Thirukkadaiyur Temple in Tamil Nadu: For 60th & 81st Marriages

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Thirukkadaiyur Temple, near Mayiladuthurai/Chidambaram in Tamil Nadu, India, is specialized and famous for conducting 60th & 81st Marriages. Recently, one of my uncle & aunt had arranged their 60th marriage to be performed here and I went to attend it. This Temple is called Amritaghateswarar-Abirami Temple and is dedicated mainly to Lord Shiva.

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The Legend is that when Devas churned the ocean of milk to create Amruta – the liquid that grants immortality, they forgot to worship Lord Ganesha. Angered by this, Lord Vinayaka takes away the pot containing Amruta and hides it in Thirukkadaiyur, where he pours some of it over a Siva Linga created by him. Thus, it is believed that the Lingam in this Temple can grant longevity. ‘Amrita Ghat Eswarar’ literally translates to ‘Lord that leads to immortality’.

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Probably that’s why one of the rituals they follow in this Temple is: relatives pouring water on the couples head celebrating their 60th Marriage. There are small compartments all around this Temple where Homam & Pooja are held individually for each couple. These compartments are small and does not have a physical barrier, hence around 20-30 relatives can gather around each couple comfortably.

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Once the Homam, Pooja, and Water pouring rituals are completed, the Groom and bride dress up as mappillai and ponnu and the groom ties the chain around the bride once again for 60th marriage. Note that this Temple can get very crowded on Auspicious days – when we went, around 100 couples had registered to perform their 60th marriages. Each ceremony might take around 2 hours and it maybe better to arrange the ceremonies early in the morning to avoid the peak crowd.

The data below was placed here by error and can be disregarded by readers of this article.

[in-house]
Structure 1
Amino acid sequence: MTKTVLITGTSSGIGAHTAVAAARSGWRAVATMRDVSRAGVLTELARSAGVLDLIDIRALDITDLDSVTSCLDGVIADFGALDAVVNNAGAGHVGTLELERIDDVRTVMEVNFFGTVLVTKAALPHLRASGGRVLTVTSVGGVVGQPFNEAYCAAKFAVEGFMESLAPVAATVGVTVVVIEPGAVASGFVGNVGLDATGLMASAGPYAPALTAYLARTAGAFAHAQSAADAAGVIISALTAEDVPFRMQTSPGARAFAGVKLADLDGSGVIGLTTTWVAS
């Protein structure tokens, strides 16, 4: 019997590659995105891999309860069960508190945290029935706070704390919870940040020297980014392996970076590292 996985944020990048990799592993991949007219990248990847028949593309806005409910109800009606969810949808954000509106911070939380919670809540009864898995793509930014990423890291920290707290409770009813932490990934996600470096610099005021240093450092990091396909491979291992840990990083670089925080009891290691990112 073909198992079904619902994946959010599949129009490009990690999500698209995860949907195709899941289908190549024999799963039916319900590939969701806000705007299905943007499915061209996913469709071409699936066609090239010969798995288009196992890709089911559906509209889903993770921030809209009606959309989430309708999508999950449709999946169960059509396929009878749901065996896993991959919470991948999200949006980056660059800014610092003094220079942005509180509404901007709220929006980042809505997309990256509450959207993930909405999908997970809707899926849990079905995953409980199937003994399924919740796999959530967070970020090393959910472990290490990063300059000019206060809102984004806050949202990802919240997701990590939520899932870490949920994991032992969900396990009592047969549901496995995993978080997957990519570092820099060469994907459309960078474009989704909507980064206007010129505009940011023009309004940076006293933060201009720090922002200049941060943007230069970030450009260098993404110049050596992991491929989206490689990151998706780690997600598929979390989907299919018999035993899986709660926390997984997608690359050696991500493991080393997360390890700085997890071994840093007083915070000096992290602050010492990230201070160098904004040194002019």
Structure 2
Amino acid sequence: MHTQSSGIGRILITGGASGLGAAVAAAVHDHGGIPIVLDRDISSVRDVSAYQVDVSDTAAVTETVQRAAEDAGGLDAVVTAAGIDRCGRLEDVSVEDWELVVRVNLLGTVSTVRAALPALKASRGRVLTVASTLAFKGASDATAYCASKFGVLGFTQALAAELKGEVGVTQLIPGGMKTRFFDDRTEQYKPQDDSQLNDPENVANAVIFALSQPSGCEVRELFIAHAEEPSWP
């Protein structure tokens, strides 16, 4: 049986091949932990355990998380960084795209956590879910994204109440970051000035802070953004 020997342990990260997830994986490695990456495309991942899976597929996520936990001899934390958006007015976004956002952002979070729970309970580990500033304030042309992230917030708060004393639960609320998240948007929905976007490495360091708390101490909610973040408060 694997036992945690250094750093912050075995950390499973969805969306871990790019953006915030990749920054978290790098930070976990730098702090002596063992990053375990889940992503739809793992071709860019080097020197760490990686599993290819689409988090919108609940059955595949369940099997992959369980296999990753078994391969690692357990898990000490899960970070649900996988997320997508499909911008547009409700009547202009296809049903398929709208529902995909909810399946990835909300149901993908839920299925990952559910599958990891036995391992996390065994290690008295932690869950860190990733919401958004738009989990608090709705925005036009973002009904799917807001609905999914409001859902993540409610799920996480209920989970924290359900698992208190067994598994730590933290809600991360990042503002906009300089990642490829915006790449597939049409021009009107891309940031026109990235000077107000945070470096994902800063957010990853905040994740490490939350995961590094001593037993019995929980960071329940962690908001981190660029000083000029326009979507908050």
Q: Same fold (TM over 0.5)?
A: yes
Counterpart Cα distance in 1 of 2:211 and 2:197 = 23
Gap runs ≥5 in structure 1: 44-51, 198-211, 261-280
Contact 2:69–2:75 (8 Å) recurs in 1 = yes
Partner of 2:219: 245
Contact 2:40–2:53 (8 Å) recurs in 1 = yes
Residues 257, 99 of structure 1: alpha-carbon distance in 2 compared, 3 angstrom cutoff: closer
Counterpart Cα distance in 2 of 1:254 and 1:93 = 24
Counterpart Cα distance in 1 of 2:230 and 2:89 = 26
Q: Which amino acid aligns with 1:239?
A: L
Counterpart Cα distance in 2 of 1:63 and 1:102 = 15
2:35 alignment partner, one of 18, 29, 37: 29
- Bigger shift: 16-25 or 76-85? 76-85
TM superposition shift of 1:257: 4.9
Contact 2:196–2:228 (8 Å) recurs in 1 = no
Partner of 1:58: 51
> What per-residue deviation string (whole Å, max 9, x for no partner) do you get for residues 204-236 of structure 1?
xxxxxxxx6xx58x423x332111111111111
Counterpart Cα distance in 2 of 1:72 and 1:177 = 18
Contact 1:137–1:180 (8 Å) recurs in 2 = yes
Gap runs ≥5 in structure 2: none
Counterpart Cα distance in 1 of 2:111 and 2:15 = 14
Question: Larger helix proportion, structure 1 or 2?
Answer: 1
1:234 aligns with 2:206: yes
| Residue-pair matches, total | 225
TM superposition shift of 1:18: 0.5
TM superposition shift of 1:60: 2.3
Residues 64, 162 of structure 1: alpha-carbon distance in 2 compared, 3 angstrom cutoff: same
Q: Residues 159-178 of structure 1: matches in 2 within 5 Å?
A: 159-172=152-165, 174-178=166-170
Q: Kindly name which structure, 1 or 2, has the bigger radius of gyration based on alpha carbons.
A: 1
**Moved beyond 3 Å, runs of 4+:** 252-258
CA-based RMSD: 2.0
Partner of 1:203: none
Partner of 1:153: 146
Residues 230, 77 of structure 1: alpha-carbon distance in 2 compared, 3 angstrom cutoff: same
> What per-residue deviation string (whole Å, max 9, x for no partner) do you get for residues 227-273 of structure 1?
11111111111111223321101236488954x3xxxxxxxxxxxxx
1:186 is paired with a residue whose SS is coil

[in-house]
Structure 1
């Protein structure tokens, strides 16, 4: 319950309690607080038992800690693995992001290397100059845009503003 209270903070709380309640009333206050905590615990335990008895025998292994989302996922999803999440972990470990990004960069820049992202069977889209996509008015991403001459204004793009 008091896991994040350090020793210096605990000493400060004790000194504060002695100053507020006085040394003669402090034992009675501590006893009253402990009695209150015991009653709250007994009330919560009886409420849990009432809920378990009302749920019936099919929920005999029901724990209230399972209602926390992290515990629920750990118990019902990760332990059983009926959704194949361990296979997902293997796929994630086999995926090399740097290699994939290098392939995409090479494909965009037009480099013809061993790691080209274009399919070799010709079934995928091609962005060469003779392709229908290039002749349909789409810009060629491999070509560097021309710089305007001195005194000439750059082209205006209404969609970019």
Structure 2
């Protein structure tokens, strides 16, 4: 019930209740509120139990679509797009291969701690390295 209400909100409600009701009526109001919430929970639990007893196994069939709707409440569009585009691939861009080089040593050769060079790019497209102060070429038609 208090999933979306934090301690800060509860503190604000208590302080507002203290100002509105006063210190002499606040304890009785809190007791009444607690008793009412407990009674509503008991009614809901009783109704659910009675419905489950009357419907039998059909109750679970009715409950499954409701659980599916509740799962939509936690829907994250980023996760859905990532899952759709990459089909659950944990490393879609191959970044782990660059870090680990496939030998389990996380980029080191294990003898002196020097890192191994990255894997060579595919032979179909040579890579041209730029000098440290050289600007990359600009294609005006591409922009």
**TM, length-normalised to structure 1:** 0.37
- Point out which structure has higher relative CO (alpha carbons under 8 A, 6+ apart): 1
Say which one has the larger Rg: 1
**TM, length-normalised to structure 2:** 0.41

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Actually, from Chennai I went to Chidambaram Temple first (will write the travelogue for that Temple shortly) and then reached Thirukkadaiyur by bus – it takes around an hour from there, but there are many buses. Then I visited Poompuhar, which is a tourist attraction nearby. I then went to Mayiladuthurai from where I had booked my train journey back to Chennai.

There is another interesting story of Markendeyan that is said to have taken place here. Markandeyan’s parents did not have children for a long time, hence they prayed devotedly to Lord Shiva. Pleased, Lord appeared before them and told them that they can either have a son who is exceptionally good but will live only for 16 years, or a son who is average and will live longer. The parents opted for the former.

When Markandeyan’s 16th year was approaching its end, his father asked him to hug the Siva Lingam in this Temple. When Lord Yama came to take him away, he threw a noose which tied Markandeya and Lingam together. Angered by this, Lord Shiva appeared and stopped Lord Yama. God Shiva also granted the boon to Markandeya to always remain 16 (Endrendrum Padhinaru!).

Destination Infinity

Photos by Destination8infinity (Own work) [CC BY-SA 4.0 (http://creativecommons.org/licenses/by-sa/4.0)], via Wikimedia Commons.

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14 Replies to “Thirukkadaiyur Temple in Tamil Nadu: For 60th & 81st Marriages”

  1. Aruvathaam kalyaanam is the Tamil name for this ritual. But this is celebrated on the man’s 60th birthday! One more thaali is added to the bride’s chain! We had been there many times for our relatives’ functions. 80th birthday also is celebrated here. But Man’s 80th! He should live longer to take care of his family!!!

    1. I heard even Vaitheeswaran Koil Temple is nearby. Missed quite a few Temple because of my short trip – should plan one more in this area 🙂

      Destination Infinity

  2. A great story Markendeyan…enjoyed reading about the blessings there. Maybe i should visit some day 🙂

    I was confused with the title though…is it 60th or 81st ‘year’ of marriage? Seems to be…

  3. My parents just exchanged garland at this temple following my dad’s 60th birthday, while we coming back from our travel to Kodiyakarai and Karaikaal, in 2012. But I don’t know the legend behind this temple. Thank you for writing about, and you also shot nice photos on the temple 🙂

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